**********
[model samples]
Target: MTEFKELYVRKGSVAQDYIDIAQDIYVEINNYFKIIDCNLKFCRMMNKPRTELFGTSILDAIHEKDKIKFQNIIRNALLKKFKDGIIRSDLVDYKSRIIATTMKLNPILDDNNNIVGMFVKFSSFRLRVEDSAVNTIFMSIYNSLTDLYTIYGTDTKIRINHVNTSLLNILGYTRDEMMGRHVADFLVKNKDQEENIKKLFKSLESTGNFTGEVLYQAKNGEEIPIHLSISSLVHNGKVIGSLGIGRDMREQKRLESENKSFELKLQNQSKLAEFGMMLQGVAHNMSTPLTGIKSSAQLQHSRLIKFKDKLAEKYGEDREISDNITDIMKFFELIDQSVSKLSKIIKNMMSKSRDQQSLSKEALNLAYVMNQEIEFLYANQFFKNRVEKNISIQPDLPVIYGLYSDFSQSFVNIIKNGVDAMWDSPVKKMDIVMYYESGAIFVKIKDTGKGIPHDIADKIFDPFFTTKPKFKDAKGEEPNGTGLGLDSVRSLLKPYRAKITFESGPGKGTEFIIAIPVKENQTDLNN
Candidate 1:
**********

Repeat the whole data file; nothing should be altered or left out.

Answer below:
[model samples]
Target: MTEFKELYVRKGSVAQDYIDIAQDIYVEINNYFKIIDCNLKFCRMMNKPRTELFGTSILDAIHEKDKIKFQNIIRNALLKKFKDGIIRSDLVDYKSRIIATTMKLNPILDDNNNIVGMFVKFSSFRLRVEDSAVNTIFMSIYNSLTDLYTIYGTDTKIRINHVNTSLLNILGYTRDEMMGRHVADFLVKNKDQEENIKKLFKSLESTGNFTGEVLYQAKNGEEIPIHLSISSLVHNGKVIGSLGIGRDMREQKRLESENKSFELKLQNQSKLAEFGMMLQGVAHNMSTPLTGIKSSAQLQHSRLIKFKDKLAEKYGEDREISDNITDIMKFFELIDQSVSKLSKIIKNMMSKSRDQQSLSKEALNLAYVMNQEIEFLYANQFFKNRVEKNISIQPDLPVIYGLYSDFSQSFVNIIKNGVDAMWDSPVKKMDIVMYYESGAIFVKIKDTGKGIPHDIADKIFDPFFTTKPKFKDAKGEEPNGTGLGLDSVRSLLKPYRAKITFESGPGKGTEFIIAIPVKENQTDLNN
Candidate 1: